The non advised online sales process is more complex than you might think
This time last year, I was approached with what seemed an interesting work project. The idea was that I would write briefing notes for journalists, and suggest the best media for the principals of the firm to contact. Sort of public relations work but without the upfrontness of a PR person, I suppose.
The project itself involved CurrencyFair, a new company established for legal reasons in Dublin, whose online offering had the potential to be a category killer. It could destroy the banks’ very profitable retail foreign exchange business in much the same way as Amazon and play.com had laid waste to high street music and book shops. Many of us regret the passing of favourite record retailers but no one sheds a tear at big banks bashing.
CurrencyFair’s brilliant idea was to cut out banks altogether, harnessing the internet for “peer to peer” transactions. At its simplest, foreign exchange is a two way business. I have sterling and want euros. You have euros and want sterling. Go to the banks and I’ll pay about 5% more for my euros than the headline rate and the other person will pay the same penalty for pounds. But if we could be brought together by the internet and swap – the online equivalent of meeting mid-Channel – we could both save the 5% otherwise scooped up by banks. All CurrencyFair takes is a small fixed fee.
The idea was hailed by The Guardian and many other national media which loved saving big money. The firm offered more than a dozen currencies.
But the scheme, which is still running, has so far failed to shake the banks. It does not work for tourists as users needed bank accounts in both currencies – there is no cash machine card. It can be complicated – a bit like bidding on an online auction site. Above all, it did not attract the critical mass needed for any internet driven concept to work. If I am a South African with rands buying a property in Switzerland for 2m Swiss francs, I need to know the system can absorb the transaction at a lower cost than alternatives. If I don’t have that confidence, I’m off to the banks (or, if I’m smarter to a specialist currency dealer).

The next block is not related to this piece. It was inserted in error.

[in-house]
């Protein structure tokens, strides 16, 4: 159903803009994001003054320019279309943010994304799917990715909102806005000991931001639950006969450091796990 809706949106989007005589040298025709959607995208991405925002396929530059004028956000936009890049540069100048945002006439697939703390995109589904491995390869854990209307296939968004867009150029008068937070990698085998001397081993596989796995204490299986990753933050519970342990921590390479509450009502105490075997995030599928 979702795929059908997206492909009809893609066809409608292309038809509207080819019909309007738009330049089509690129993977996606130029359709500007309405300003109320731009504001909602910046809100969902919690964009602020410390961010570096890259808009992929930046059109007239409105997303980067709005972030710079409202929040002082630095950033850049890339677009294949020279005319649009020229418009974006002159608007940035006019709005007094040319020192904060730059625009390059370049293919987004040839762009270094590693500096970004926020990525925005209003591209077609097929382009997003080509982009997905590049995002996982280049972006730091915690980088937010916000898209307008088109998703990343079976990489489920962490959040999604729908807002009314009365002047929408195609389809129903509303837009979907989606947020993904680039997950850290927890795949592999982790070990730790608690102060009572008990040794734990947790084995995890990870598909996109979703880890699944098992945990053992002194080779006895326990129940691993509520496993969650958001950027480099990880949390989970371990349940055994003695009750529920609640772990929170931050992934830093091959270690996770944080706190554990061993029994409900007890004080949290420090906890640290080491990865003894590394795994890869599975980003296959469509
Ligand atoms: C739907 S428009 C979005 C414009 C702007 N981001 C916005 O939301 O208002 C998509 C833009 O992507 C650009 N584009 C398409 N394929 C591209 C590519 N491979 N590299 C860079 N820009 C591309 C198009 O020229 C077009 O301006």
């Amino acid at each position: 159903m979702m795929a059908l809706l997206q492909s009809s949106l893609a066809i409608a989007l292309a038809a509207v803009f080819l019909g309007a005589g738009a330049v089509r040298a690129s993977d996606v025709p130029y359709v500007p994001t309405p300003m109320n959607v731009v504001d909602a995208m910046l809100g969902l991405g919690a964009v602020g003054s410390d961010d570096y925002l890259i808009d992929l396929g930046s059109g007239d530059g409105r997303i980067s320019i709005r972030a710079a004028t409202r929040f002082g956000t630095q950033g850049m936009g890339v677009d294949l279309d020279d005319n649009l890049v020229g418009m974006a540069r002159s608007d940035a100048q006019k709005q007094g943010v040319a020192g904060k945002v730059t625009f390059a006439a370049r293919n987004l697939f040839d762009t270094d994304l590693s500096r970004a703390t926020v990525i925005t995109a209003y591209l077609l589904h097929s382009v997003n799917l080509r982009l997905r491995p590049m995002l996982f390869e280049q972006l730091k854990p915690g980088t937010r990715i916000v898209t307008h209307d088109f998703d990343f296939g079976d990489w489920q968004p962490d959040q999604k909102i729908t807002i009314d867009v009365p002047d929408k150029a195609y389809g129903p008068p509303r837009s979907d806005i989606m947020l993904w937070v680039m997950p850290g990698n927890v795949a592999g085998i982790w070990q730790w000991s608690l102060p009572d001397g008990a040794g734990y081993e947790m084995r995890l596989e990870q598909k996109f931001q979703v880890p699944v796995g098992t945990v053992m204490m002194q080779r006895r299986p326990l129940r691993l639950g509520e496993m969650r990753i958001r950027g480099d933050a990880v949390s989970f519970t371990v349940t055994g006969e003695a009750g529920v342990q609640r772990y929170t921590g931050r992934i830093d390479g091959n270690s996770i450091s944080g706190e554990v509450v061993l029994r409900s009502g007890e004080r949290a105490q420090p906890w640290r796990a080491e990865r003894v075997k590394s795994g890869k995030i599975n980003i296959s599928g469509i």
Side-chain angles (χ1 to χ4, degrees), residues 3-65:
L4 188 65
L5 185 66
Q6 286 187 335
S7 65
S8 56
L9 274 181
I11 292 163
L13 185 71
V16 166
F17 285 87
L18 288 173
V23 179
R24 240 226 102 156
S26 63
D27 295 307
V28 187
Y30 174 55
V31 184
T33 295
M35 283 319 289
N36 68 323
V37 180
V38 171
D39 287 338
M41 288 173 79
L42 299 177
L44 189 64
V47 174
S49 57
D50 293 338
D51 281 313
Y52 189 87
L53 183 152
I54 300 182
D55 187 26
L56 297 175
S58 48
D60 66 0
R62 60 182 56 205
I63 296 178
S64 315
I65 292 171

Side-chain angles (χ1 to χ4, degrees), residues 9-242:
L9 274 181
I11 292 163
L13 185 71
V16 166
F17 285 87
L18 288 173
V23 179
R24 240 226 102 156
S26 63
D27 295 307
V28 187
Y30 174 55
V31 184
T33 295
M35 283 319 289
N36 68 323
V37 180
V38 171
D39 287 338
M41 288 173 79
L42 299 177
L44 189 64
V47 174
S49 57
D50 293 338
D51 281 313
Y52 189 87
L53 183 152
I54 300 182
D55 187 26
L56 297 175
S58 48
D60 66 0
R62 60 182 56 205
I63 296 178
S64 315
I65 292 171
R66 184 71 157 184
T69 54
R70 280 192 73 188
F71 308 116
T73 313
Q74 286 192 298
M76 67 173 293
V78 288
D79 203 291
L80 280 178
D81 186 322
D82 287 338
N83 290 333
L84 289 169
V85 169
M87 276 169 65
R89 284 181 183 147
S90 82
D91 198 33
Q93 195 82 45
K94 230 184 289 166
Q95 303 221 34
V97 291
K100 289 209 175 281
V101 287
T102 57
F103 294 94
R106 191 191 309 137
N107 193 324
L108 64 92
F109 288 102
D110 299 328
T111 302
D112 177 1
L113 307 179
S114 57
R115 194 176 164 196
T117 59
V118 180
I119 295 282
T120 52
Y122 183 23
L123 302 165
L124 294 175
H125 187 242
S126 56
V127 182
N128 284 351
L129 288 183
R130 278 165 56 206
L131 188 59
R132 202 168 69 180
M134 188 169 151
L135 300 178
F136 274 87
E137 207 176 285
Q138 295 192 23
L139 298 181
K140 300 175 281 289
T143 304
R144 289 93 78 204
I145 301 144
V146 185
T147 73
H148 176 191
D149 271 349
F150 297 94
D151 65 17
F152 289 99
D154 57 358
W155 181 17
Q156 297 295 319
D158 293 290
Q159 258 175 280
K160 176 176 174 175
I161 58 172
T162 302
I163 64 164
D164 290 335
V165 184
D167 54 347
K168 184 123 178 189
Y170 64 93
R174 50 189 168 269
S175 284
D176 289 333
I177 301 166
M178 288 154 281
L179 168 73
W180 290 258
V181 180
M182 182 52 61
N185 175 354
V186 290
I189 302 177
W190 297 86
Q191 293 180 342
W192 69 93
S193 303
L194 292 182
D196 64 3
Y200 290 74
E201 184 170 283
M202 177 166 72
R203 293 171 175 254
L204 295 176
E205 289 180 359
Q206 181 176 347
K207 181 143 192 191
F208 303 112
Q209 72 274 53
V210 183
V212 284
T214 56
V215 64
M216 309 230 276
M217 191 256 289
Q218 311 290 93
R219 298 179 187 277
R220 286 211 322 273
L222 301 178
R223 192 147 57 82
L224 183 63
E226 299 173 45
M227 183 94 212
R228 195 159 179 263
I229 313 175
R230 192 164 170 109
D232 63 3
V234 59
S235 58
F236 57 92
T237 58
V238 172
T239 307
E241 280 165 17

What this goes to show is that online can only replace people if the transaction is easy, fulfils needs, and has critical mass. In general insurance, for instance, the most successful comparison sites major on motor, a market where the high street intermediary effectively gave up 25 years ago to the call centres. It’s low margin work and easy for consumers to use – the ideal online paradigm. Motor also has the advantage that, as a legal necessity, it is bought, not sold.
But car owners needing something special – the 20 year old with the Lamborghini or the driver returning after doing time for motoring crimes – still need the real person. Clicks won’t work for them – they need real bricks.